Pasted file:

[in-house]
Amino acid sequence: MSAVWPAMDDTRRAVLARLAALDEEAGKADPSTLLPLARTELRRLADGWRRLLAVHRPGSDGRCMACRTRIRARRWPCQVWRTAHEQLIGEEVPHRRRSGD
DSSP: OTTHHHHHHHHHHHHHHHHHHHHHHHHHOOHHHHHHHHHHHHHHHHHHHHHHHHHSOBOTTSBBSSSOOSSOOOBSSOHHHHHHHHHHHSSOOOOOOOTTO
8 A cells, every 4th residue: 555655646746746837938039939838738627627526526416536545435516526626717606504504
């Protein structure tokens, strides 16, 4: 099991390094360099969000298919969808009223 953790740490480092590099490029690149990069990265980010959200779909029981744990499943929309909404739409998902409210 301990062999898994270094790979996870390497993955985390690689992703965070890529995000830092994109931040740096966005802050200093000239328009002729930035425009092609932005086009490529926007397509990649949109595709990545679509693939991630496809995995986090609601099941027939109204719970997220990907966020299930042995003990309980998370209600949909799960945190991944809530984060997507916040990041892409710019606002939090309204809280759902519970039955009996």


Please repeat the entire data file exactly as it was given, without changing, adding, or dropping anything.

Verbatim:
[in-house]
Amino acid sequence: MSAVWPAMDDTRRAVLARLAALDEEAGKADPSTLLPLARTELRRLADGWRRLLAVHRPGSDGRCMACRTRIRARRWPCQVWRTAHEQLIGEEVPHRRRSGD
DSSP: OTTHHHHHHHHHHHHHHHHHHHHHHHHHOOHHHHHHHHHHHHHHHHHHHHHHHHHSOBOTTSBBSSSOOSSOOOBSSOHHHHHHHHHHHSSOOOOOOOTTO
8 A cells, every 4th residue: 555655646746746837938039939838738627627526526416536545435516526626717606504504
């Protein structure tokens, strides 16, 4: 099991390094360099969000298919969808009223 953790740490480092590099490029690149990069990265980010959200779909029981744990499943929309909404739409998902409210 301990062999898994270094790979996870390497993955985390690689992703965070890529995000830092994109931040740096966005802050200093000239328009002729930035425009092609932005086009490529926007397509990649949109595709990545679509693939991630496809995995986090609601099941027939109204719970997220990907966020299930042995003990309980998370209600949909799960945190991944809530984060997507916040990041892409710019606002939090309204809280759902519970039955009996």